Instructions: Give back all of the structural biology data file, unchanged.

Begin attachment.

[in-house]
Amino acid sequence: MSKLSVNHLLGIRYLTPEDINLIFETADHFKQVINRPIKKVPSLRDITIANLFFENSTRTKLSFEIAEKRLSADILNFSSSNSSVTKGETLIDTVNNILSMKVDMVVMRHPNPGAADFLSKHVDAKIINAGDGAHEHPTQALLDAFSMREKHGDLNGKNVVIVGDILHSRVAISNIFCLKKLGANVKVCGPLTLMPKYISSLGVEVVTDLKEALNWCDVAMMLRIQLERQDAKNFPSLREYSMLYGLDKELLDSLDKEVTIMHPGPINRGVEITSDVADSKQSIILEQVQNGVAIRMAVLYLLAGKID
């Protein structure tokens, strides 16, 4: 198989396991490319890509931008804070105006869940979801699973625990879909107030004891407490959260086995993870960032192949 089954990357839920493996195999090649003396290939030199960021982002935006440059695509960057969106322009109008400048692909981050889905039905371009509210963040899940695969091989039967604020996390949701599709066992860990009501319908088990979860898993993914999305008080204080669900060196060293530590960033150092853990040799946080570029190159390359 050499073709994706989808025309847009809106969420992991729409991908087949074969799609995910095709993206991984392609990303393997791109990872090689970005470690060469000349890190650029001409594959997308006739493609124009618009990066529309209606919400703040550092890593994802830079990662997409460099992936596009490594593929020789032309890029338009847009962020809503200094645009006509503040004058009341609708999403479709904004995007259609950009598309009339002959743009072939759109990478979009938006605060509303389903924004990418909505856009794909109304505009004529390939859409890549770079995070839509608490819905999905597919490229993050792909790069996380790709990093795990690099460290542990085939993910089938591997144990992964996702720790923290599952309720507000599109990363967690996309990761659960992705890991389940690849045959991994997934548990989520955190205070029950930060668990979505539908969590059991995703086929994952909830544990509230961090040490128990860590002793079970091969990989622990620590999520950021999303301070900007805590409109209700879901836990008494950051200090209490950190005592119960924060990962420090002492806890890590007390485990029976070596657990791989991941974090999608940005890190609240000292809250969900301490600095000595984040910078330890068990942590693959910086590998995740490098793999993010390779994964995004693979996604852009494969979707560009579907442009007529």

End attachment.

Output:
[in-house]
Amino acid sequence: MSKLSVNHLLGIRYLTPEDINLIFETADHFKQVINRPIKKVPSLRDITIANLFFENSTRTKLSFEIAEKRLSADILNFSSSNSSVTKGETLIDTVNNILSMKVDMVVMRHPNPGAADFLSKHVDAKIINAGDGAHEHPTQALLDAFSMREKHGDLNGKNVVIVGDILHSRVAISNIFCLKKLGANVKVCGPLTLMPKYISSLGVEVVTDLKEALNWCDVAMMLRIQLERQDAKNFPSLREYSMLYGLDKELLDSLDKEVTIMHPGPINRGVEITSDVADSKQSIILEQVQNGVAIRMAVLYLLAGKID
């Protein structure tokens, strides 16, 4: 198989396991490319890509931008804070105006869940979801699973625990879909107030004891407490959260086995993870960032192949 089954990357839920493996195999090649003396290939030199960021982002935006440059695509960057969106322009109008400048692909981050889905039905371009509210963040899940695969091989039967604020996390949701599709066992860990009501319908088990979860898993993914999305008080204080669900060196060293530590960033150092853990040799946080570029190159390359 050499073709994706989808025309847009809106969420992991729409991908087949074969799609995910095709993206991984392609990303393997791109990872090689970005470690060469000349890190650029001409594959997308006739493609124009618009990066529309209606919400703040550092890593994802830079990662997409460099992936596009490594593929020789032309890029338009847009962020809503200094645009006509503040004058009341609708999403479709904004995007259609950009598309009339002959743009072939759109990478979009938006605060509303389903924004990418909505856009794909109304505009004529390939859409890549770079995070839509608490819905999905597919490229993050792909790069996380790709990093795990690099460290542990085939993910089938591997144990992964996702720790923290599952309720507000599109990363967690996309990761659960992705890991389940690849045959991994997934548990989520955190205070029950930060668990979505539908969590059991995703086929994952909830544990509230961090040490128990860590002793079970091969990989622990620590999520950021999303301070900007805590409109209700879901836990008494950051200090209490950190005592119960924060990962420090002492806890890590007390485990029976070596657990791989991941974090999608940005890190609240000292809250969900301490600095000595984040910078330890068990942590693959910086590998995740490098793999993010390779994964995004693979996604852009494969979707560009579907442009007529």